The incompetence of the Bush Administration’s foreign policy masked a key fact about progressives: We remain deeply divided on America’s role in the world. These divisions, which we saw in the lead-up to the Iraq War and during the first few months of that campaign, have re-emerged in the wake of the Arab Spring and a new crop of challenges abroad.
President Obama’s assertive actions during his first term—the surge in Afghanistan, the escalation of drone strikes against Al Qaeda, the strike against Osama bin Laden, the campaign against Moammar Gadhafi—have drawn into sharp relief the arguments among progressives. Many praise the successes that were so absent during Bush’s term, but others have voiced their uneasiness with the Administration’s moves. The key questions remain: How do we meet upcoming challenges in international relations? What principles should guide this and future progressive administrations in the conduct of foreign policy?
In this installment of “First Principles,” we’ve assembled a sterling lineup of thinkers to tackle these difficult questions. First, Charles Kupchan positions a progressive American grand strategy as the happy medium between the conservative extremes of Tea Party neo-isolationism and neoconservative adventurism. His suggestions—political and economic solvency, judicious retrenchment, working with rising powers, and strengthening the Atlantic alliance—would lead to a sustainable and resilient foreign policy, even in the face of a rapidly changing world. Rosa Brooks writes on democracy promotion and advocates a humbler strategy when it comes to this difficult task. Our own democracy took centuries to form and is still forming, she notes, so why do we demand and expect it from other nations in just a few years? Relatedly, Rachel Kleinfeld analyzes an unprecedented trend in international relations: the rise of individuals, rather than states, as key actors. America no longer has the luxury of dealing solely with heads of state. As we saw in the Arab Spring, citizens, through new media and technology, can alter the course of events for entire nations. Kleinfeld argues that America must create ties both to and among civil societies to adapt to this new world.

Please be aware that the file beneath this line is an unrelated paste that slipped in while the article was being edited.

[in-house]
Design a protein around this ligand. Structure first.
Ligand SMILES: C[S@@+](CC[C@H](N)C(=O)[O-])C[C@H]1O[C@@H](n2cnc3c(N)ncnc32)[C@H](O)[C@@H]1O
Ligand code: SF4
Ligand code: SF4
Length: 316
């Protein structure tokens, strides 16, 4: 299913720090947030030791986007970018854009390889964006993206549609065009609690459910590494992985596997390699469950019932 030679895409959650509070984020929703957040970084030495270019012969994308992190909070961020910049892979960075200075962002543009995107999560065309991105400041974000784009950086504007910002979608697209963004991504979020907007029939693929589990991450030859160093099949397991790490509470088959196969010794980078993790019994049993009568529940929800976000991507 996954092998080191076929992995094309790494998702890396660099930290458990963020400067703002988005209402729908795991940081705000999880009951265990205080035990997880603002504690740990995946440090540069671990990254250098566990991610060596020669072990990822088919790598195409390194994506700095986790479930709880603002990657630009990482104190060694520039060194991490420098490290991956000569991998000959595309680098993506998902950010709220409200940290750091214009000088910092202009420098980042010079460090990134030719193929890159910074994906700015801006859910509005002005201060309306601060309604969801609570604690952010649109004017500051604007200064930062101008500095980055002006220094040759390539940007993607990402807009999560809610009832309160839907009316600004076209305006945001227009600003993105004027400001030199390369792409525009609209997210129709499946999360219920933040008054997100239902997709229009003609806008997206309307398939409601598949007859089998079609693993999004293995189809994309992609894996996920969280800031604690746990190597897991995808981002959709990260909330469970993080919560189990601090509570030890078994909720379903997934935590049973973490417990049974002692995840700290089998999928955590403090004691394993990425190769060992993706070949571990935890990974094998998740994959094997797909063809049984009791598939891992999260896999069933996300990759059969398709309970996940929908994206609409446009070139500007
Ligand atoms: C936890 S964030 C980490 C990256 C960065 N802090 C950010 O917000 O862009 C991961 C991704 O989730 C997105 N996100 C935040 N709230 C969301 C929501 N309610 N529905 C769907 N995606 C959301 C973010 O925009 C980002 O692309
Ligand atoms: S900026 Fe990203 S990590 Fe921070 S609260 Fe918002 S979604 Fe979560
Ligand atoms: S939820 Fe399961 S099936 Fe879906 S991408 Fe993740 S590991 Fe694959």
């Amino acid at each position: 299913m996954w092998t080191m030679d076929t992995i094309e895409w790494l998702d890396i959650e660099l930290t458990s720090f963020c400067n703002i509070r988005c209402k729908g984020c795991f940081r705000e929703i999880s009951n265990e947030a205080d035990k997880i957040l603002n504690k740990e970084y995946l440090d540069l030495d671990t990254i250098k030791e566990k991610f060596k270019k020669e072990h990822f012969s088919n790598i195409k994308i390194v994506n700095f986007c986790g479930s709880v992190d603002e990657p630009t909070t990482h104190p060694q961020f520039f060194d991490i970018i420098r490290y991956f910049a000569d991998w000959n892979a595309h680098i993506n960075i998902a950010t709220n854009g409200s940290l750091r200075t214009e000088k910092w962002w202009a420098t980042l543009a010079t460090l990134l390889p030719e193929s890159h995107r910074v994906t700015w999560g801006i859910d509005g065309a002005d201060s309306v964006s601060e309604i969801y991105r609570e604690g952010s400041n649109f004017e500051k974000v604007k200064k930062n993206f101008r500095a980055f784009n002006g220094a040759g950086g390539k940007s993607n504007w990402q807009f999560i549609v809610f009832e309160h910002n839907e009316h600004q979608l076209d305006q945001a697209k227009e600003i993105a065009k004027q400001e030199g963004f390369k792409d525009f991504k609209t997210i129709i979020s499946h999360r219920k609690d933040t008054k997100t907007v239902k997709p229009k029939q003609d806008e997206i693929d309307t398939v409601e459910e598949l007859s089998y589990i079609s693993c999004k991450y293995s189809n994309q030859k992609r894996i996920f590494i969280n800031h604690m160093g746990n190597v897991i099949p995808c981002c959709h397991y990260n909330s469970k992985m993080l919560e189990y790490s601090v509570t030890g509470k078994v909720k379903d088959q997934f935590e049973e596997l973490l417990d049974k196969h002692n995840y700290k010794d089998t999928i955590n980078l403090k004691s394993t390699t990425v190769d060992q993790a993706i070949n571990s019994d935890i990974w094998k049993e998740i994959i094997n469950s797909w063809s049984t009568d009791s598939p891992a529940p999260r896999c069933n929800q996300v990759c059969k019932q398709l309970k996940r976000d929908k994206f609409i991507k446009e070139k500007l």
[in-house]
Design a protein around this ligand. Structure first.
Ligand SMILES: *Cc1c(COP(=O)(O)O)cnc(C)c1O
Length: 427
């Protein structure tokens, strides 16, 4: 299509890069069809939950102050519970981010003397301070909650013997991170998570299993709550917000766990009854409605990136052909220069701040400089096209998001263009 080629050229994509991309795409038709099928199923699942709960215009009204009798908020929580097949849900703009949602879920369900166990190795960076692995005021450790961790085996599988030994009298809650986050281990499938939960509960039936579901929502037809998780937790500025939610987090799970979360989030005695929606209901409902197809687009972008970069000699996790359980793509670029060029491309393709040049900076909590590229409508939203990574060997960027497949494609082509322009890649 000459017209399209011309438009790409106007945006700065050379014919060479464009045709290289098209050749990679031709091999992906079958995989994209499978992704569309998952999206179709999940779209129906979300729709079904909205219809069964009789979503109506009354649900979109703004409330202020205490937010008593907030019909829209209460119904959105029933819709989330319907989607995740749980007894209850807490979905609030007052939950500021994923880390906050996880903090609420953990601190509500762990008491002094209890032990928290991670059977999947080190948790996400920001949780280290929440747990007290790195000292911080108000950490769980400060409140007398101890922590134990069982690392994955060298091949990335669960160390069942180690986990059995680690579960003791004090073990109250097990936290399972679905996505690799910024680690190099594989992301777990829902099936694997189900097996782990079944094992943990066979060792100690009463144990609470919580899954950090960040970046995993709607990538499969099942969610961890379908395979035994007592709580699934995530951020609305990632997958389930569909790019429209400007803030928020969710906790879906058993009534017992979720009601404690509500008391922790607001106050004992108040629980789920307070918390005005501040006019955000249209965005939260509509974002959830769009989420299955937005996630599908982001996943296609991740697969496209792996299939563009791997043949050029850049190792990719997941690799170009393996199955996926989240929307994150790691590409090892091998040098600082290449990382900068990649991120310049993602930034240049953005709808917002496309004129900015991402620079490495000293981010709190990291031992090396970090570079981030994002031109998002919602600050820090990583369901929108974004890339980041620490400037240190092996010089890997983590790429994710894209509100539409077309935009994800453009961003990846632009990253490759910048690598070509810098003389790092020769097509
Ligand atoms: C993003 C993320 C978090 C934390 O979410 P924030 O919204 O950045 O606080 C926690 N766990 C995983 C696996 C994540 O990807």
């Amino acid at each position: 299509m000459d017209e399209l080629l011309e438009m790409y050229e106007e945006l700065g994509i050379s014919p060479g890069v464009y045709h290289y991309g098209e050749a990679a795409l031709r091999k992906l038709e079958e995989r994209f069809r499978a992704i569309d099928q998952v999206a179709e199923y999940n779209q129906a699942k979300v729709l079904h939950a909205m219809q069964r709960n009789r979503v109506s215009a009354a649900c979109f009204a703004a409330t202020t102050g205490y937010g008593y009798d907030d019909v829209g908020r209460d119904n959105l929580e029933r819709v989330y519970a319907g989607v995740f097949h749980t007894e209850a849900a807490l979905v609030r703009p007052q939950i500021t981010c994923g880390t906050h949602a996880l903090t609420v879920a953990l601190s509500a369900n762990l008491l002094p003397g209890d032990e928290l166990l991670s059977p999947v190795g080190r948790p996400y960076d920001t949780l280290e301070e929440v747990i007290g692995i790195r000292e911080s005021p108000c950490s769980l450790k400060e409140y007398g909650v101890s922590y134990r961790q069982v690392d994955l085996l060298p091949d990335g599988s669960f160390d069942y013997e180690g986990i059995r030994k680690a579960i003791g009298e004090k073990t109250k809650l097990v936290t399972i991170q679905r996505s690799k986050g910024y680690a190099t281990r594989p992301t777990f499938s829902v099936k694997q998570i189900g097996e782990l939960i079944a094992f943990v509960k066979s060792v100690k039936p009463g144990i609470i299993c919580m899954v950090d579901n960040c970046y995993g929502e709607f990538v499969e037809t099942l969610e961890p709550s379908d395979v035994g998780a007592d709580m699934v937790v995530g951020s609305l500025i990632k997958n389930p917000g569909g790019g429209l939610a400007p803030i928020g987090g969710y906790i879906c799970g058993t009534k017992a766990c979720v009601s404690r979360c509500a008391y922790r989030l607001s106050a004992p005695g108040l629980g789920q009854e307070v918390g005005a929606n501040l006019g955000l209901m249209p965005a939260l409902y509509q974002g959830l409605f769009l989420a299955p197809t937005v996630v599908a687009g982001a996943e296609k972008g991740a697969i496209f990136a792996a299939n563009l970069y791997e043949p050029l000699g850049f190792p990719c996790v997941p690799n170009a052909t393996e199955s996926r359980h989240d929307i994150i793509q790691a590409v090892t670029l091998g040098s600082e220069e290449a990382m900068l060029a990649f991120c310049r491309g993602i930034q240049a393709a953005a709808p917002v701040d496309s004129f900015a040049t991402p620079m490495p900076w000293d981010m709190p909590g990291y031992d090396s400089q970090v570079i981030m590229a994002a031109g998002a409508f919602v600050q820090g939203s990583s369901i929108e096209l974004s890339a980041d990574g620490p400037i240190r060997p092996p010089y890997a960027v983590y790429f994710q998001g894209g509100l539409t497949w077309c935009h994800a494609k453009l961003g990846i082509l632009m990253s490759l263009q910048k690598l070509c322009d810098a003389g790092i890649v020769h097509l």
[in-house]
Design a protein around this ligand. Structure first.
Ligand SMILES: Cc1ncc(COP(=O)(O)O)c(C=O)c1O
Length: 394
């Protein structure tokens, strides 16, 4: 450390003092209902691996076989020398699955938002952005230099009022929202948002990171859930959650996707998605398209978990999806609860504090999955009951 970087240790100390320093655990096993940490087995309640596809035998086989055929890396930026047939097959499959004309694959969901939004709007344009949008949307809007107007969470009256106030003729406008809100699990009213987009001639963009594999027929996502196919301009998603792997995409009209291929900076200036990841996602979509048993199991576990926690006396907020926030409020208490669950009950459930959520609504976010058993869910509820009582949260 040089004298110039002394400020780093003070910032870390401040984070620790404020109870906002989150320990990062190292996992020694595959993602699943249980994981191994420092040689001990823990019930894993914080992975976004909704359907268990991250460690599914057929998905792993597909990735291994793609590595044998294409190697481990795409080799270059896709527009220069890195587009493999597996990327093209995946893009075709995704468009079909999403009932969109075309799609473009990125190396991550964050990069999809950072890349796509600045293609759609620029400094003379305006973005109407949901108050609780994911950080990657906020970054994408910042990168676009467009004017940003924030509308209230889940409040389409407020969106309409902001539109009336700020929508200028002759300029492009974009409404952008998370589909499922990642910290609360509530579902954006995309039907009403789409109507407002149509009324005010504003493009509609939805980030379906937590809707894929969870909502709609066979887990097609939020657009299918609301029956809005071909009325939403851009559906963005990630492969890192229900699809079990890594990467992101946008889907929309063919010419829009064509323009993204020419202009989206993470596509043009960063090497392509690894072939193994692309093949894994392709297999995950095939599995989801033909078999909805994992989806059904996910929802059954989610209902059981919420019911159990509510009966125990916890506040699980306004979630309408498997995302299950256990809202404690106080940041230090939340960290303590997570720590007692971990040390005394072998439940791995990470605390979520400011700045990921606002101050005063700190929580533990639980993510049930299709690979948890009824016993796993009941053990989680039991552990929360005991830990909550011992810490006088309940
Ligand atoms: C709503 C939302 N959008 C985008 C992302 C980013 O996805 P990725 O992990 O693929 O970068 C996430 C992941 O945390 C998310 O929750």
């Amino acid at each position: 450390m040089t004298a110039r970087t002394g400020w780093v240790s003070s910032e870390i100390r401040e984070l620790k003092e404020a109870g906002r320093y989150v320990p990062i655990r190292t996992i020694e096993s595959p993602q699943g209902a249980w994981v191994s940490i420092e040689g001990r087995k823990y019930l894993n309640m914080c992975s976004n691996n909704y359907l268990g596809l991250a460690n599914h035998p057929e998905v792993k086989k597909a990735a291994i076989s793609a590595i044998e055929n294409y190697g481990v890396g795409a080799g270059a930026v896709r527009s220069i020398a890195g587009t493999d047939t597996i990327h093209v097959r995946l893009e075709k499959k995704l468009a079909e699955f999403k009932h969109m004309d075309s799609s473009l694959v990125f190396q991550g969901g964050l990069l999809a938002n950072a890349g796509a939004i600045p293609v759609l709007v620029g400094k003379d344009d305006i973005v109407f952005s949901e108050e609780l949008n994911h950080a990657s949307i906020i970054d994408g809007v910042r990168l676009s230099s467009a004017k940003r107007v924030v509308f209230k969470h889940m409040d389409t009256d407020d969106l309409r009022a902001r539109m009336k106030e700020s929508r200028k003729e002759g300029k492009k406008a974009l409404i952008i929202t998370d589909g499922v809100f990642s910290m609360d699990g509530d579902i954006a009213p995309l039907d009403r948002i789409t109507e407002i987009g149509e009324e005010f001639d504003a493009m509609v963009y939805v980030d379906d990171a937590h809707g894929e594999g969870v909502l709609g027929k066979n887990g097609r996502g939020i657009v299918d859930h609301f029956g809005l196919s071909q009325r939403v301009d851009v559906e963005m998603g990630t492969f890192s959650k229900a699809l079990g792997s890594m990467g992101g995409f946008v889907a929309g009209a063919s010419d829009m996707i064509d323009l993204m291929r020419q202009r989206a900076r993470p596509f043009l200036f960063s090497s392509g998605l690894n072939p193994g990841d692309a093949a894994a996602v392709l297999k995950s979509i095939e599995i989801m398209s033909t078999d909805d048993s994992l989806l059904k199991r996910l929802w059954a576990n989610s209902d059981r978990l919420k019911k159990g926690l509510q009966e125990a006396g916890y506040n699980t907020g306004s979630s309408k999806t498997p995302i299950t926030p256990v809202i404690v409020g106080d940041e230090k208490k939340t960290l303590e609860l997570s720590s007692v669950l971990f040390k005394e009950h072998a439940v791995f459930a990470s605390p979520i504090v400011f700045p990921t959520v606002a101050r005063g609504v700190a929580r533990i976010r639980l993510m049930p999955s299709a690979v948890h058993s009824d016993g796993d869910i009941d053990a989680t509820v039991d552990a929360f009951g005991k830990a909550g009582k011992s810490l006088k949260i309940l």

The most divisive issue in progressive foreign policy likely remains whether and when to support the use of force. We asked Tom Perriello to take on the difficult task of laying out first principles for humanitarian interventions. Progressives have long debated these operations, but he illustrates how technology and diplomacy have made them more palatable, if only slightly. We are gaining the ability to perform lethal strikes, and even prevent genocide and ethnic cleansing, without putting Americans in harm’s way. Further, international organizations have matured enough to grant legitimacy to operations that in past decades would have been America’s burden alone. Progressives, even those who disagree, would do well to listen to Perriello’s arguments.
Finally, Bruce W. Jentleson returns us to the overarching question: How is America positioned in the twenty-first century? He uses an astronomical analogy to argue that we’re living now in a “Copernican” world: We have our own orbit, but other nations do as well. We can no longer count on rising nations to bow to our needs or wants without question. Jentleson shows how in this regard conservatism has become an ideology of denial. It is up to progressives to craft a realistic, positive, and sustainable foreign policy.